For Immediate Release - March 22, 2006

Former Wendell Board of Health Member Andrew Hamilton Fined $2,000

For Using His Position to Sell a Water Filtration System - Hamilton also refunds $1,112 to Purchaser

The Massachusetts State Ethics Commission fined former Wendell Board of Health (BOH) member Andrew Hamilton $2,000 for violating the state's conflict of interest law, M.G.L. c. 268A, by using his position to sell a water filtration system valued at $1,112, to a resident after water from her new well failed to meet certain requirements.

According to the Disposition Agreement, Hamilton as a BOH member met with Reverend Adele Smith-Penniman, who was converting a weekend home to a year-round dwelling, and informed her that her well water's iron and manganese levels, which were tested by an independent laboratory, were too high. Hamilton then told Smith-Penniman that he was going to "change hats" and speak to her in his private capacity. He then sold her a water filtration system. Smith-Penniman felt pressure to purchase the system because Hamilton was on the BOH and because the BOH signs off on building permits. After Smith-Penniman purchased the water filtration system, she did not install it. Usage of the well worked out the contaminants.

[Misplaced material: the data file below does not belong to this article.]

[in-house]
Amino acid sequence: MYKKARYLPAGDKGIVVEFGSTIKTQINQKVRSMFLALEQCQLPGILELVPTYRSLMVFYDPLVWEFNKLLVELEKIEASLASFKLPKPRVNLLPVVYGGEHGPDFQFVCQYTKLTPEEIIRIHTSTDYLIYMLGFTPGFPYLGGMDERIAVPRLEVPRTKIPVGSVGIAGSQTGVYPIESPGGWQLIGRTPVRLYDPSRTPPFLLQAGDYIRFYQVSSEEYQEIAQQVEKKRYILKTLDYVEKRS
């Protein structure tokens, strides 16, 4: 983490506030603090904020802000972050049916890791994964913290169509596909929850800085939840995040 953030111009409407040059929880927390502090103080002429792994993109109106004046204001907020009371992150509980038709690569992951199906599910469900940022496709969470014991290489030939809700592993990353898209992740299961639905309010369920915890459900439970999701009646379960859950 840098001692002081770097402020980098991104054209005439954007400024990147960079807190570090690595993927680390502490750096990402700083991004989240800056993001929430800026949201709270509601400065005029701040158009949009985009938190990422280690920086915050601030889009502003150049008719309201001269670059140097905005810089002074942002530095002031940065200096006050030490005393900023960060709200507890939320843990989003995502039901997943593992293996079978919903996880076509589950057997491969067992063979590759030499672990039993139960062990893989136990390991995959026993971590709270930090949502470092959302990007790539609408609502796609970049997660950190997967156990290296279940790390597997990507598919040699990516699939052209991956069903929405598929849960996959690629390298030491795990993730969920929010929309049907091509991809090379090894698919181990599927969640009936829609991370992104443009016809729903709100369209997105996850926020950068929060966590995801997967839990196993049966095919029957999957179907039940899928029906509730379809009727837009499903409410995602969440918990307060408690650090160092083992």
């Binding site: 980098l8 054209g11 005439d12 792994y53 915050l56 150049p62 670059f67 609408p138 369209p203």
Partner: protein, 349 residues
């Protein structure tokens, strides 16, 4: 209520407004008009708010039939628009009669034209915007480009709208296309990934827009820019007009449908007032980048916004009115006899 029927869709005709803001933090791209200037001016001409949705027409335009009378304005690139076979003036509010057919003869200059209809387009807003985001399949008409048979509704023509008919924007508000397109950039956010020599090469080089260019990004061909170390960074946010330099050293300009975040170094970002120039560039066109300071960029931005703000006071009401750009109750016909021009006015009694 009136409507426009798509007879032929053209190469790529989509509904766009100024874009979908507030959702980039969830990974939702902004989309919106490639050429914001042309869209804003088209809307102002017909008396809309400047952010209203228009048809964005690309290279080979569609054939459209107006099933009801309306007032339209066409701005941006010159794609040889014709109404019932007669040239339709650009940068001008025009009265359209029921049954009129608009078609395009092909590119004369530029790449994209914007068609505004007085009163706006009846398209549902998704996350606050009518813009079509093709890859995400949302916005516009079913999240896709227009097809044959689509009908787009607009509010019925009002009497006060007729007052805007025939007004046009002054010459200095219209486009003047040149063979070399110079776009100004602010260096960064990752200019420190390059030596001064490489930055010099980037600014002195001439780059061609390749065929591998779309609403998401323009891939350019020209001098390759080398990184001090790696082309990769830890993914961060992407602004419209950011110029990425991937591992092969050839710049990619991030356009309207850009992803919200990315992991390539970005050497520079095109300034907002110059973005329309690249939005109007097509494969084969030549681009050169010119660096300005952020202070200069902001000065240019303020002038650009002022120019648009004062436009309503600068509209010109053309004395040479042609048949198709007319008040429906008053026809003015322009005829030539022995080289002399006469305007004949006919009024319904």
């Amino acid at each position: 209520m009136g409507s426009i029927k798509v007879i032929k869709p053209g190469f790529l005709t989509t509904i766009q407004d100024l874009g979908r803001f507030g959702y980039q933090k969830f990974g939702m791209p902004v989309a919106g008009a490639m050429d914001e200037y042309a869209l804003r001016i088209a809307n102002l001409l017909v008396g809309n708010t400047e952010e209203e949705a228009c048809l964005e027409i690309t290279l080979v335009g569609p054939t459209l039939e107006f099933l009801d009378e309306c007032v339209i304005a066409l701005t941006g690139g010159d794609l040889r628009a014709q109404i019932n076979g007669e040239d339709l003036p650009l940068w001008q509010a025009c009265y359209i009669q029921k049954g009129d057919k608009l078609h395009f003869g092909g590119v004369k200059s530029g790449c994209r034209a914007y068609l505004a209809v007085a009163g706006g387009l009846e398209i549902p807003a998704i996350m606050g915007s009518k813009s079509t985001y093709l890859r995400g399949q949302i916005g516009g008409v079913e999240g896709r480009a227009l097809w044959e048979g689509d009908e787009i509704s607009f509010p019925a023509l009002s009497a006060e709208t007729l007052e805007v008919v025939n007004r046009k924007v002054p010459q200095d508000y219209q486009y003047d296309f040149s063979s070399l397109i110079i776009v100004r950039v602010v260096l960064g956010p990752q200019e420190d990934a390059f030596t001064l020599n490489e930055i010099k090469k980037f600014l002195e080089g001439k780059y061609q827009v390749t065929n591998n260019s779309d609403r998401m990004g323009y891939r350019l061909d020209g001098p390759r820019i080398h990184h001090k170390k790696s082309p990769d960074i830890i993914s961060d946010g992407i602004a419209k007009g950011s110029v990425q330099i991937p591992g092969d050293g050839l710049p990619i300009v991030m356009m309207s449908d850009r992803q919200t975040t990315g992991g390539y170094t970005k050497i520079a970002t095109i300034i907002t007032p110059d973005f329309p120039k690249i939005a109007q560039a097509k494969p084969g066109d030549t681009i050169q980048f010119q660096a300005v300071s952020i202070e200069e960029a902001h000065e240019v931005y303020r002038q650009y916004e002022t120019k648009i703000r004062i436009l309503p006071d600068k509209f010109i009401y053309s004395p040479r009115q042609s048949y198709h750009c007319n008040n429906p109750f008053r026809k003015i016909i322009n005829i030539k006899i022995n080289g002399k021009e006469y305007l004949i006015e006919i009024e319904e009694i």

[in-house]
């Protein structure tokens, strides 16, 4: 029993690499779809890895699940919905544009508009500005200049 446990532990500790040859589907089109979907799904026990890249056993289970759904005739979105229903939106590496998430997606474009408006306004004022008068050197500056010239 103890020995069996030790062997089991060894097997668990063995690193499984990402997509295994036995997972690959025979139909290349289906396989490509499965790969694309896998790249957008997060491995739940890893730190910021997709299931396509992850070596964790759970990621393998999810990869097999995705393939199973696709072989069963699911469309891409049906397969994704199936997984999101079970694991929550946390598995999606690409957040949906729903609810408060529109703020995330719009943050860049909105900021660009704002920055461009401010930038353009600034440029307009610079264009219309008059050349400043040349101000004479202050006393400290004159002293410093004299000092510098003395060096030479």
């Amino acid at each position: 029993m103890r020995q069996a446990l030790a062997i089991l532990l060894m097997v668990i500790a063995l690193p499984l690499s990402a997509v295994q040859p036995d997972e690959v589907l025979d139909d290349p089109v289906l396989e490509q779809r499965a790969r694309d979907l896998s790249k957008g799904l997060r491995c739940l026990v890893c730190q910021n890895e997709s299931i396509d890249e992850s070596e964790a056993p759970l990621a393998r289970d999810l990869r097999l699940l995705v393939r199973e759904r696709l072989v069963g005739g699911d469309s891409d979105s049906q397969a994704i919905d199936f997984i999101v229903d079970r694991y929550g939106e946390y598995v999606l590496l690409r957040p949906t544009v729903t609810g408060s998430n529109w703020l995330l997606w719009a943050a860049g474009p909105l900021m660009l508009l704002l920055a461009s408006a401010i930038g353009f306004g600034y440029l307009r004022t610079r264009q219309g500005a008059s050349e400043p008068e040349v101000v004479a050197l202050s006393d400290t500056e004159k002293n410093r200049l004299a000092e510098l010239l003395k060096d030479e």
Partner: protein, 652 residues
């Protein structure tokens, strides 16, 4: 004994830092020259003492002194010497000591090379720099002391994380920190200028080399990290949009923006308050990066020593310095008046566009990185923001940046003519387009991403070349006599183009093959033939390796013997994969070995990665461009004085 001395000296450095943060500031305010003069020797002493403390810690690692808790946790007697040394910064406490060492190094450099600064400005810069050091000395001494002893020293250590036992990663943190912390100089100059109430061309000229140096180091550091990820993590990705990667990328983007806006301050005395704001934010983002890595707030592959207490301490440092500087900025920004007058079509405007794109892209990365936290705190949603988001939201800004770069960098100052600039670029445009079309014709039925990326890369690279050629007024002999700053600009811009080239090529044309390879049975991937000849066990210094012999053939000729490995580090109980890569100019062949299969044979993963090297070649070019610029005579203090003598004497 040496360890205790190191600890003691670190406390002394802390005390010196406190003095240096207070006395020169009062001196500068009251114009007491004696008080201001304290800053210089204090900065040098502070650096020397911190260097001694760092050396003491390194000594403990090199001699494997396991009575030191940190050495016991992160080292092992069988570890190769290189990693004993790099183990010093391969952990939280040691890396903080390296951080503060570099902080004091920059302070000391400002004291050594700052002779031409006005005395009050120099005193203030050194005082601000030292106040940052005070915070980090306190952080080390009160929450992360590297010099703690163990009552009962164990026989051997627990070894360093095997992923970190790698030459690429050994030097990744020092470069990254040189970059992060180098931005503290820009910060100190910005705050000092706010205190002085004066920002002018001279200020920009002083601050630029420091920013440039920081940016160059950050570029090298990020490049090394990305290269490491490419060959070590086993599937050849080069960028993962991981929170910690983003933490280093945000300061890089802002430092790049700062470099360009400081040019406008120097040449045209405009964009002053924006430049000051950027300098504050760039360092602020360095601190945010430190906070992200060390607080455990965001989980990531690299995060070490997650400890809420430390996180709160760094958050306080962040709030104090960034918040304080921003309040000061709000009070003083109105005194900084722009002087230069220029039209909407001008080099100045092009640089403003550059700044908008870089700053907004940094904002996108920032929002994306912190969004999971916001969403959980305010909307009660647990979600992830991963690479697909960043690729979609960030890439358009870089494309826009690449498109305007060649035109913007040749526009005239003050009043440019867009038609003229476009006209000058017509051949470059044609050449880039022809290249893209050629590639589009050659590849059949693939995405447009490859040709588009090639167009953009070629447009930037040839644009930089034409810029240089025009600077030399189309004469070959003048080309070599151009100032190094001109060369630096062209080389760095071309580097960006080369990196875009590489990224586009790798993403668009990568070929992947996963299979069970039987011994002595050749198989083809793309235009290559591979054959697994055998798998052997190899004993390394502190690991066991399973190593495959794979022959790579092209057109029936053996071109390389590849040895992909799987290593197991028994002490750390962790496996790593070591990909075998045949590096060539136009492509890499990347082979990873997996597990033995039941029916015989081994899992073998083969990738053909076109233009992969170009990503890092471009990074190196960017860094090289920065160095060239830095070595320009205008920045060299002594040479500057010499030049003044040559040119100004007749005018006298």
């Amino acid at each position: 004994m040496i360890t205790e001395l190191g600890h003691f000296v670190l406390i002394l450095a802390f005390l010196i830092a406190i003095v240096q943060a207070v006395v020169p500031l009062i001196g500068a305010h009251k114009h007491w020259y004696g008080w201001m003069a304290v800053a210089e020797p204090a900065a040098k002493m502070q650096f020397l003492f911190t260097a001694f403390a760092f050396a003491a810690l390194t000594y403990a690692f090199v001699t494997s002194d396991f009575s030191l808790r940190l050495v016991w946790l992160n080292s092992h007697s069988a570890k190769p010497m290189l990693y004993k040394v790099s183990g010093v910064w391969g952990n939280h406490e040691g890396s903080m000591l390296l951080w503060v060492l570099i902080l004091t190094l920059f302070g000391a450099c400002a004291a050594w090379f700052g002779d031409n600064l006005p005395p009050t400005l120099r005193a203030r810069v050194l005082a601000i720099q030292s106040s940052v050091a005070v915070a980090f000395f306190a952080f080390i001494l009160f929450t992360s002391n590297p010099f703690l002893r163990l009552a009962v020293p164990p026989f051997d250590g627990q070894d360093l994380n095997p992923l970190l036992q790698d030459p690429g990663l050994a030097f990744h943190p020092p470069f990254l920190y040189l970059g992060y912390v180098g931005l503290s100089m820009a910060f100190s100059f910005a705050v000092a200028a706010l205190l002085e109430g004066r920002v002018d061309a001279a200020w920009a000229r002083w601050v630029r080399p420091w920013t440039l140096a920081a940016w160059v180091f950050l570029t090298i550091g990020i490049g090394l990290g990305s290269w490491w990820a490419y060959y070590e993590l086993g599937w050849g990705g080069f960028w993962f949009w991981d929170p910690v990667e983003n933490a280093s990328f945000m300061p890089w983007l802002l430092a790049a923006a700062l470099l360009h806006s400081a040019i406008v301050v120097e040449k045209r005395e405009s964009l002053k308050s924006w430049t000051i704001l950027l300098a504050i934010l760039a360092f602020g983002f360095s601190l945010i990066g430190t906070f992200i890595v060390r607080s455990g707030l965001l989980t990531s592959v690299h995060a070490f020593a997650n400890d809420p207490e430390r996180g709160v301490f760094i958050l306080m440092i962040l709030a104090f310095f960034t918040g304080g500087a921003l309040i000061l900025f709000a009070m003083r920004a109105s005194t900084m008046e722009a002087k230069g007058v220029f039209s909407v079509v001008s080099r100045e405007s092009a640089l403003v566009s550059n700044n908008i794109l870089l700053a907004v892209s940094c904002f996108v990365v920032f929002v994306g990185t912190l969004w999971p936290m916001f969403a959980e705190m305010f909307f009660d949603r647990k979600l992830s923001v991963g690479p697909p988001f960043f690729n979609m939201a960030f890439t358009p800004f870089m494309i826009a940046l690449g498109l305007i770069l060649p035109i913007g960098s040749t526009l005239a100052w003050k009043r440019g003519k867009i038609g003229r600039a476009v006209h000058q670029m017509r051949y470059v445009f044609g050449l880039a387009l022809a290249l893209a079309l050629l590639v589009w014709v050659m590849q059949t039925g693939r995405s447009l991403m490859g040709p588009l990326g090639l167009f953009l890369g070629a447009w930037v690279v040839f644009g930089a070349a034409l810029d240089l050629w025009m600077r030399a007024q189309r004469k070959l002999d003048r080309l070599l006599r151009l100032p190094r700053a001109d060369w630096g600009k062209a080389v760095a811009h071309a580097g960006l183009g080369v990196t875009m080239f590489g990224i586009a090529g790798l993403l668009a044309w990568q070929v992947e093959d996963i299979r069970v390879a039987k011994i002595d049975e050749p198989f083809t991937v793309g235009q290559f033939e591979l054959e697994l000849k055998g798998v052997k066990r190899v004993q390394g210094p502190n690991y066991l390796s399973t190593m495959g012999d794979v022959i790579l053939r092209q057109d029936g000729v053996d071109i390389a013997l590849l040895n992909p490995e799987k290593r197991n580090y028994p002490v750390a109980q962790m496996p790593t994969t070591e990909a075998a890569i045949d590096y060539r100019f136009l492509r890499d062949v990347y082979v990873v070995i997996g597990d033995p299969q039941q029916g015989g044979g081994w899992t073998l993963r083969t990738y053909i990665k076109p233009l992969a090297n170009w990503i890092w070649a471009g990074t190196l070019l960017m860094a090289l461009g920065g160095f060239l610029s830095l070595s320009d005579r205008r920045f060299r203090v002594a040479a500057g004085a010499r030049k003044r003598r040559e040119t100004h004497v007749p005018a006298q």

Section 23(b)(2) of the conflict law prohibits a public employee from using or attempting to use his position to secure for himself or others an unwarranted privilege of substantial value not properly available to similarly situated individuals. By soliciting someone who was subject to a stop work order by the BOH, and by making his solicitation in the course of an official discussion where he addressed the work order issue, Hamilton used his BOH position to influence Smith-Penniman to purchase a water filtration system.

As part of the agreement, Hamilton agreed to return $1,112 to Smith-Penniman in exchange for return of the water filtration unit.

"Public employees wear only one hat when they are acting in that capacity - their government hat," said Executive Director Peter Sturges. "They cannot leverage the public actions they take to sell products to people they regulate."